Associate Professor at the University of Melbourne in Australia
Julia Sarant is an Associate Professor at the University of Melbourne in Australia. She has been conducting clinical research with adults and children with hearing loss for 30 years. Julia’s research program is exploring co-morbidities of hearing loss, and the benefits of hearing instruments on cognition and well-being.
To learn more on this topic, I recently interviewed Julia Sarant, PhD, an Associate Professor at the University of Melbourne in Australia. She has been conducting clinical research with adults and children with hearing loss for 30 years. Julia’s research program is exploring co-morbidities of hearing loss, and the benefits of hearing instruments on cognition and well-being.
Here is our interview…
Your latest research is looking at hearing loss and its relationship to cognitive decline. Can you tell us more about why cognitive decline is such a hot topic?
Cognitive decline increases in prevalence with age. In older people, cognitive decline may reflect broader health issues such as depression, anxiety, poor cardiovascular health or poor nutrition, or signal the onset of dementia. After age 65 years, the risk of developing dementia is doubled every 5 years, with 3-12% of people aged 70-80 years affected, and 25-35% of people older than 85 years affected. In 2010 there were 35.5 million people worldwide living with dementia. By 2030, that number is predicted to increase to 65.7 million, and by 2050 to 141 million. Dementia is now the 7th leading cause of death.
Wow, those numbers are staggering. But, how does that relate to hearing loss?
Cognitive decline is associated with decreases in sensory acuity, such as hearing loss. Hearing loss is very common in older adults, affecting about 32% of people aged 55 years, and more than 70% of people aged over 70 years. Hearing loss has been found to be independently associated with the rate of cognitive decline in older adults in many recent studies, with affected people demonstrating an accelerated rate of cognitive decline. The rate of cognitive decline has also been found to increase with the severity of hearing loss.
Hearing loss has been found to be independently associated with the rate of cognitive decline in older adults in many recent studies…”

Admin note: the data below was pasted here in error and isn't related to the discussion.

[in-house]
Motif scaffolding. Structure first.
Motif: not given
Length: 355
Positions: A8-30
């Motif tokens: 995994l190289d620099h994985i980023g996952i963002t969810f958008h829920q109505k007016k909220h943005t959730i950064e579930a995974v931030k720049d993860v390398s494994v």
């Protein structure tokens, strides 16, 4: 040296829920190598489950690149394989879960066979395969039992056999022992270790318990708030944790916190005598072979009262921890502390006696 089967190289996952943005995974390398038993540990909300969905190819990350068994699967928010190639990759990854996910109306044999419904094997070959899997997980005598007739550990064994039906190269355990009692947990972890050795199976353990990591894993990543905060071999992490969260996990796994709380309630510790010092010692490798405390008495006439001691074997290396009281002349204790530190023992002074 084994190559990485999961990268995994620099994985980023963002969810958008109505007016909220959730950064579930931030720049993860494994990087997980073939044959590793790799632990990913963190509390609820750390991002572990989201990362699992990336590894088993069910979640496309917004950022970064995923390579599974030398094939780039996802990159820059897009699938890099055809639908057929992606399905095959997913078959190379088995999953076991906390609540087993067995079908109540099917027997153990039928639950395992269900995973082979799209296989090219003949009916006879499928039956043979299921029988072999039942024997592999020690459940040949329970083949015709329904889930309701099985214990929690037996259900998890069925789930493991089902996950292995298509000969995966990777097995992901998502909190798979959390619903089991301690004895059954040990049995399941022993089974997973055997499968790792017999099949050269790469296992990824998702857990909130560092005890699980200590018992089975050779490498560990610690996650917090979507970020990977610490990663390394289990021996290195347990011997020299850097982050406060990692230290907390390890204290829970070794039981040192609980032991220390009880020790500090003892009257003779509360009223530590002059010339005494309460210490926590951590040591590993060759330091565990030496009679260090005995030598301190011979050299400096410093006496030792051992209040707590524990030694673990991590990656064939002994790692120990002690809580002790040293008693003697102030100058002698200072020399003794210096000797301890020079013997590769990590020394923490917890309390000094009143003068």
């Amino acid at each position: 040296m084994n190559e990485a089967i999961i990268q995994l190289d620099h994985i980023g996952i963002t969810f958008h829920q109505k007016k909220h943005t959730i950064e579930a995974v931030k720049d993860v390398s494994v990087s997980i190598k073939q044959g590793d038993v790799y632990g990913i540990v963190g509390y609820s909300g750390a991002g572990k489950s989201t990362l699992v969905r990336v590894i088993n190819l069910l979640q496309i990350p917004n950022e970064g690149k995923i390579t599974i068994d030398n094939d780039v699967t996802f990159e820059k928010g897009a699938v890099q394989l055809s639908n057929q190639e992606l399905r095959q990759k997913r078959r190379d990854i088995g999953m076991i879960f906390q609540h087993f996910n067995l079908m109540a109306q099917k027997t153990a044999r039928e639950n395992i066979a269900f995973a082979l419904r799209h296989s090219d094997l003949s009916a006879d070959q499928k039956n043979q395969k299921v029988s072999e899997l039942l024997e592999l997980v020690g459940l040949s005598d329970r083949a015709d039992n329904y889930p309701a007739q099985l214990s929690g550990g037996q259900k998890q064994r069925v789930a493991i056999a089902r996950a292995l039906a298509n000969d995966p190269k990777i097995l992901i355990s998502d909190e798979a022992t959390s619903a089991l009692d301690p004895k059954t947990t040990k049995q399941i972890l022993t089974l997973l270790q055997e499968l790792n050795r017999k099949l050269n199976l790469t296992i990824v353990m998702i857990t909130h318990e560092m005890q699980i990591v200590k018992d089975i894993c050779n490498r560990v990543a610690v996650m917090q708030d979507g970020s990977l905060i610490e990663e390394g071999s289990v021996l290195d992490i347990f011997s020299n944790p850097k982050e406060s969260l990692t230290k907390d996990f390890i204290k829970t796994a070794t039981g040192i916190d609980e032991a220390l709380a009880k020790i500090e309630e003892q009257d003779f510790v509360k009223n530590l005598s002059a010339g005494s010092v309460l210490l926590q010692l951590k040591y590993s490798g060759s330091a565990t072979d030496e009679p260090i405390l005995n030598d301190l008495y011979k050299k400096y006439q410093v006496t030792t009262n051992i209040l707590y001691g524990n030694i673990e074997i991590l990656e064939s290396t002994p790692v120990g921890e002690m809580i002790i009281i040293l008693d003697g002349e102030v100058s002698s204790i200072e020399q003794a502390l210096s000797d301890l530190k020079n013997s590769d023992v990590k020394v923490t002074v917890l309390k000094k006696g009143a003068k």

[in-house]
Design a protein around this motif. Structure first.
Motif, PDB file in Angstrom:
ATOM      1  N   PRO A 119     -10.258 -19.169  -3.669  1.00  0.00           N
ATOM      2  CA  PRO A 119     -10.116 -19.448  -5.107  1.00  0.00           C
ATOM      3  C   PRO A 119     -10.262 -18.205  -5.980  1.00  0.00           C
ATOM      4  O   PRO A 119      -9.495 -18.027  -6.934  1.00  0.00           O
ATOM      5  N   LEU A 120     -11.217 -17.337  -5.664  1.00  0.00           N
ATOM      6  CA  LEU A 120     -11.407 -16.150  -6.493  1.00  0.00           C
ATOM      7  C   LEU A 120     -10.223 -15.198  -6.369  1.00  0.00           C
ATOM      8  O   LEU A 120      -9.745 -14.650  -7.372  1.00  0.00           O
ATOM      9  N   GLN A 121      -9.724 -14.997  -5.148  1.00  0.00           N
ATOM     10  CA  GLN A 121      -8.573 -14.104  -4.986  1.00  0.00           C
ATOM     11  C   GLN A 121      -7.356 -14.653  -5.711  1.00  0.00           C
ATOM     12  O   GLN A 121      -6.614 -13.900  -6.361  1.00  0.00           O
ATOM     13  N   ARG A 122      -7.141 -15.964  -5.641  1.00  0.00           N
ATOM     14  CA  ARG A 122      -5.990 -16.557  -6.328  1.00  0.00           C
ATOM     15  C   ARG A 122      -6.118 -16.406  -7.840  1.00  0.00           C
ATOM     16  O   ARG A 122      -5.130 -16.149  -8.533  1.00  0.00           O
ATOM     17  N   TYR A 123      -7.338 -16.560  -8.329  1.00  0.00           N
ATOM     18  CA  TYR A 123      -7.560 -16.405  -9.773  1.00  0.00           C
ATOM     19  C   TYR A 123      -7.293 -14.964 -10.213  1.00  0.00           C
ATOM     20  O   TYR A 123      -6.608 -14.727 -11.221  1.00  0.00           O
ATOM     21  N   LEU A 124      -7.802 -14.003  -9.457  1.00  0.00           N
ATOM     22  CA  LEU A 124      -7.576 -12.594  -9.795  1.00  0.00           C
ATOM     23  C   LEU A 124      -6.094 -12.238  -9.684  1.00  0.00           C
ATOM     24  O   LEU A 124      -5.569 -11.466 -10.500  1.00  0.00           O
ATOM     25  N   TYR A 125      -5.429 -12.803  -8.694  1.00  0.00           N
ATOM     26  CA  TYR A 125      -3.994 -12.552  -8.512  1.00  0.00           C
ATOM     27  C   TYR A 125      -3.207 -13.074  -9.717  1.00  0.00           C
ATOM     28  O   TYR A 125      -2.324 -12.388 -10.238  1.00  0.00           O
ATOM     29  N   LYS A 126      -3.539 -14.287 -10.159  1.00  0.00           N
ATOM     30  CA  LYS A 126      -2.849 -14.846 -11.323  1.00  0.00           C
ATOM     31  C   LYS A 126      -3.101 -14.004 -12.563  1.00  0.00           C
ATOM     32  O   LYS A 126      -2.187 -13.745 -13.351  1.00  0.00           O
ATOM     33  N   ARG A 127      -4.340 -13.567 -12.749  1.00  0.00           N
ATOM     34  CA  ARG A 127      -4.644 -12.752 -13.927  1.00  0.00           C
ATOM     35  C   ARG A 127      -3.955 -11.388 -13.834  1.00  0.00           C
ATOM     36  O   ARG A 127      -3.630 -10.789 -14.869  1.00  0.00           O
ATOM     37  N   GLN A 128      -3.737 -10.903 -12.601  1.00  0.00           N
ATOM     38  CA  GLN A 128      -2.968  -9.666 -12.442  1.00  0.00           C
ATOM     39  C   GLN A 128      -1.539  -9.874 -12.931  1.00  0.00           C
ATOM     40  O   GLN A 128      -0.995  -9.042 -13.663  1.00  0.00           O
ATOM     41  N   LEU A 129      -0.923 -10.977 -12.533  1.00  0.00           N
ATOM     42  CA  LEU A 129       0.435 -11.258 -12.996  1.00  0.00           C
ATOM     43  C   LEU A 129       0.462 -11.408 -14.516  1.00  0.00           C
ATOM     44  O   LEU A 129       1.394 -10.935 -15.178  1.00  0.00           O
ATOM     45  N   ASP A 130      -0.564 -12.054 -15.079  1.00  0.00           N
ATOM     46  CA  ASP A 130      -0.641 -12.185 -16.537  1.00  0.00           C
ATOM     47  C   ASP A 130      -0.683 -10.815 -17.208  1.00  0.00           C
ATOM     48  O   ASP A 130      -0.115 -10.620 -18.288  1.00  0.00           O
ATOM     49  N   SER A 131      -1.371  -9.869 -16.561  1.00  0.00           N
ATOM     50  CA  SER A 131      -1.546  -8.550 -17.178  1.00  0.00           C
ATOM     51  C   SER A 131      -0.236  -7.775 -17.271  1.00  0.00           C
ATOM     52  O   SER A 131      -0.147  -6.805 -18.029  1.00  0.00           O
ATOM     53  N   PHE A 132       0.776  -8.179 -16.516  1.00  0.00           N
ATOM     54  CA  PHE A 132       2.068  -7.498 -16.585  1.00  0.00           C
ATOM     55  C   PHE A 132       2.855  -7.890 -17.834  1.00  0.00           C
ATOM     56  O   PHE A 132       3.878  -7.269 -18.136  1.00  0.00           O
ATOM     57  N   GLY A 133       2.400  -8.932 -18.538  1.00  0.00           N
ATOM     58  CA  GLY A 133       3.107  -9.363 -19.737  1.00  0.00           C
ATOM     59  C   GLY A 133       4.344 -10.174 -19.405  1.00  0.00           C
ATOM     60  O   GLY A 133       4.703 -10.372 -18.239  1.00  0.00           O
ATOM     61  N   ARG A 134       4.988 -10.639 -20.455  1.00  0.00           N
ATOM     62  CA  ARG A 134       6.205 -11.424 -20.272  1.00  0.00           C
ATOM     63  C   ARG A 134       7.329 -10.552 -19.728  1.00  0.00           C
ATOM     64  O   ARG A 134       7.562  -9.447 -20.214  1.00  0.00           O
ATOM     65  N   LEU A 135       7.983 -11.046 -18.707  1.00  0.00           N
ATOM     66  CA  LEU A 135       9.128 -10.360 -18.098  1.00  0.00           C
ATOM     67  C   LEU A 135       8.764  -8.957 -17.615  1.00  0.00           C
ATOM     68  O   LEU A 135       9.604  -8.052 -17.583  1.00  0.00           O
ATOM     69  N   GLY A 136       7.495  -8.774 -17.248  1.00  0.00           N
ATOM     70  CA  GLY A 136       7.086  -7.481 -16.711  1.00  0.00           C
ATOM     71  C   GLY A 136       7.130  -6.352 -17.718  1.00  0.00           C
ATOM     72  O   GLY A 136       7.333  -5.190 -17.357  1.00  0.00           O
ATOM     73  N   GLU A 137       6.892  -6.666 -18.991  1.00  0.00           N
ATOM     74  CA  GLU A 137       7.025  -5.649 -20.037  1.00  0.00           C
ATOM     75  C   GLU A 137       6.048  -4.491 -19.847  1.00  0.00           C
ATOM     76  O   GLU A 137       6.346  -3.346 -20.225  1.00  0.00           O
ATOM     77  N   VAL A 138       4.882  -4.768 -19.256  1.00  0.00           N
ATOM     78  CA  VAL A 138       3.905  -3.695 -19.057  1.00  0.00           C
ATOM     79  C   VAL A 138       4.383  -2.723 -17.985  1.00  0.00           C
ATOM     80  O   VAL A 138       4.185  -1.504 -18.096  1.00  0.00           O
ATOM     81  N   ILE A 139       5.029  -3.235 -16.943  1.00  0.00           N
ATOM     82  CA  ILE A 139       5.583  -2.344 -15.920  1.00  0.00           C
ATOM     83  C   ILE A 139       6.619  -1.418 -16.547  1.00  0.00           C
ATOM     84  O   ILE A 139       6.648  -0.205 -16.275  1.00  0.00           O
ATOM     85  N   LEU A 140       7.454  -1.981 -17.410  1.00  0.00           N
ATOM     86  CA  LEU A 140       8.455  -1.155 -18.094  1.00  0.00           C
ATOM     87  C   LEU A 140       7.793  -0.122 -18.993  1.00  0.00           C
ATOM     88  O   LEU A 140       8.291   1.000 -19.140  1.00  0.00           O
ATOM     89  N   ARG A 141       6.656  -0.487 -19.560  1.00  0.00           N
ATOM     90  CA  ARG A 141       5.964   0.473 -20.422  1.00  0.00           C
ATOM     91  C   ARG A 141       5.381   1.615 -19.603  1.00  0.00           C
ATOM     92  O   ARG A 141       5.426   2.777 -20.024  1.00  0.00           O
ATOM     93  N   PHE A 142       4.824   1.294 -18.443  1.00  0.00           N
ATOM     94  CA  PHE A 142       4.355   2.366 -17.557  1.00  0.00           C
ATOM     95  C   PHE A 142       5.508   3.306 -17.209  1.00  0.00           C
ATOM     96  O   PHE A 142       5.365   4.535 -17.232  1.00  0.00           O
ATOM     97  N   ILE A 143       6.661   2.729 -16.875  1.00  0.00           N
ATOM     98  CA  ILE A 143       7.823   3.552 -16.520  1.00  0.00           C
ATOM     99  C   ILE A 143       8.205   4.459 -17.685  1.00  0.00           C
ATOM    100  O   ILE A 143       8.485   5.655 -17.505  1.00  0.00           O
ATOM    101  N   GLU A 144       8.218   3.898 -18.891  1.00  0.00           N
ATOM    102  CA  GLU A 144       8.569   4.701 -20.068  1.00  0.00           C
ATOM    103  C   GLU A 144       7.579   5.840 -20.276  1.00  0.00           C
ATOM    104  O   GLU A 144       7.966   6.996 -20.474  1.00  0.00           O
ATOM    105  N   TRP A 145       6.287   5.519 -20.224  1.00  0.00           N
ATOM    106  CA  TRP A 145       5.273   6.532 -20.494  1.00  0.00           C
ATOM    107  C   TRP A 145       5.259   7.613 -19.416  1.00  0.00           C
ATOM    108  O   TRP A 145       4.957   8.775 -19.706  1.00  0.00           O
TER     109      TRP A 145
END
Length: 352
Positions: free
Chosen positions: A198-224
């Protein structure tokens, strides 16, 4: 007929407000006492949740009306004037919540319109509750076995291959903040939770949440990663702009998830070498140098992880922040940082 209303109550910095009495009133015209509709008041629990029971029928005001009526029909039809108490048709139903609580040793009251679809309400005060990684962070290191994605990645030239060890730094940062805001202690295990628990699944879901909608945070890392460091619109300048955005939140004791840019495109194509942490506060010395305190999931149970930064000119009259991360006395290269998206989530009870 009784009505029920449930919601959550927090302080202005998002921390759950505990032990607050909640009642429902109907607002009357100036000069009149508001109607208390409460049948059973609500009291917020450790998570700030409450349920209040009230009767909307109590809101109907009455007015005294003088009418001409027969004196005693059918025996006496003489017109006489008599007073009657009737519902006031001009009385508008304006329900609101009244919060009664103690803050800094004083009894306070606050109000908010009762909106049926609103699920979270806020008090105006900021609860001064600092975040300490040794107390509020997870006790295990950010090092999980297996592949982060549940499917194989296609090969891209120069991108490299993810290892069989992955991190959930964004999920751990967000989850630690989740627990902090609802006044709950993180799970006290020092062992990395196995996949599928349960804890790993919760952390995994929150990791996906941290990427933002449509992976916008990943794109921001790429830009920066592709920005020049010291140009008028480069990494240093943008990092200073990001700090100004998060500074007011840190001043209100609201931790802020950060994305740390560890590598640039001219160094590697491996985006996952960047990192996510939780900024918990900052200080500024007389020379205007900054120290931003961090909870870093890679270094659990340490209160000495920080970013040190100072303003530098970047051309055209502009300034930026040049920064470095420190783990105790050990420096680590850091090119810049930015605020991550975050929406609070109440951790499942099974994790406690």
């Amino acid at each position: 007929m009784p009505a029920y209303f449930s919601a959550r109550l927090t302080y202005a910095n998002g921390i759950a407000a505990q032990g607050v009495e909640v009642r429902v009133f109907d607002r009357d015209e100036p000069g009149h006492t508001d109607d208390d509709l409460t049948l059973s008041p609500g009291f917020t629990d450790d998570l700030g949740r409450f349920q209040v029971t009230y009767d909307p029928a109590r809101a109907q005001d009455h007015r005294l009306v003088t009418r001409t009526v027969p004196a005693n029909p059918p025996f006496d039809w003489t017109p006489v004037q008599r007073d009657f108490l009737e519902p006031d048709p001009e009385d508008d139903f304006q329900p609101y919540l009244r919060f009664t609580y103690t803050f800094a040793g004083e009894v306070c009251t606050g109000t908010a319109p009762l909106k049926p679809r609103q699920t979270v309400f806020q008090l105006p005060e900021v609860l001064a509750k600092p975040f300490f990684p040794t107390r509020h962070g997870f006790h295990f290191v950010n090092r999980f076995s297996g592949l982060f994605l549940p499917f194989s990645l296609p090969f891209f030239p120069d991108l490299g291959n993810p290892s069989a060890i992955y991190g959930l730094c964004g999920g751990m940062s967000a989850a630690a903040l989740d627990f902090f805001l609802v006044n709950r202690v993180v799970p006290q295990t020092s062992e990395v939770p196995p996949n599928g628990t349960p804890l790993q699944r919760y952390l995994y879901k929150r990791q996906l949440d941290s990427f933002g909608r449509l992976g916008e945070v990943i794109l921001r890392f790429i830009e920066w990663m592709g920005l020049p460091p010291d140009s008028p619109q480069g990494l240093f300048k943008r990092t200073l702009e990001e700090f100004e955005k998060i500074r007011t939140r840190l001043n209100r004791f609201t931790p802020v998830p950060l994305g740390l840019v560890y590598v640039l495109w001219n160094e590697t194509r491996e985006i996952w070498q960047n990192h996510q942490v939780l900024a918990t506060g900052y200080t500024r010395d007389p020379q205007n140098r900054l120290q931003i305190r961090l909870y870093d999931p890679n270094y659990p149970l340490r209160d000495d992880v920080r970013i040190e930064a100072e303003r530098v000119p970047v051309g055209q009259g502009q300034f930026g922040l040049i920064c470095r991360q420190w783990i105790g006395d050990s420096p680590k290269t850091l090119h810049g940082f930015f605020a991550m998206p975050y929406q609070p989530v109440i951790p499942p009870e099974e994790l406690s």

Does this mean hearing loss causes cognitive decline?
Due to limitations in the ways in which various research studies have been conducted, there is still an ongoing debate about whether hearing loss is a causal factor for dementia. However, after conducting a meta-analysis of the results of three large studies in this field (the results of all studies were combined and analyzed together), the Lancet Commission concluded that hearing loss was a modifiable risk factor for dementia, contributing 9% of the risk for incident dementia (Livingston et al, 2017). According to the Lancet analysis, compared with a person without hearing loss, whose risk of dementia could be said to be 1.0, a person with a mild hearing loss would have a relative risk of developing dementia of 1.89, one with a moderate loss would have a relative risk of 3.0, and a person with a severe loss would have a relative risk of 4.94.
If hearing loss contributes to 9% of the risk for incident dementia and someone with severe hearing loss is almost 5X more at risk than someone with a mild loss, what are the mechanisms underlying the association?
The mechanisms underlying the association between hearing loss and cognitive decline are currently unknown, but are likely to be multiple. It is possible that both poorer hearing and cognitive function could be the result of a degenerative/aging process. Increased demands of listening could also result in changes in the allocation of cognitive resources.
That makes sense. Are there other factors that play a part?
Communication difficulties, lack of stimulation, and subsequent isolation and loneliness caused by hearing loss could also lead to cognitive decline. This theory is supported by research that has shown that while having a limited social network increases the risk of dementia, having a high level of social engagement can significantly reduce this risk. Hearing loss is also associated with depression, and depression is thought to be a risk factor for dementia. There is also evidence of a decrease in brain volume in people with hearing loss, which may play a role in cognitive decline. In summary, there appear to be multiple potential mechanisms for the hearing-cognition relationship, including neuropathic degeneration, sensory degradation/deprivation, increased cognitive load, social isolation and depression.
Where does this leave us? How do we treat cognitive decline?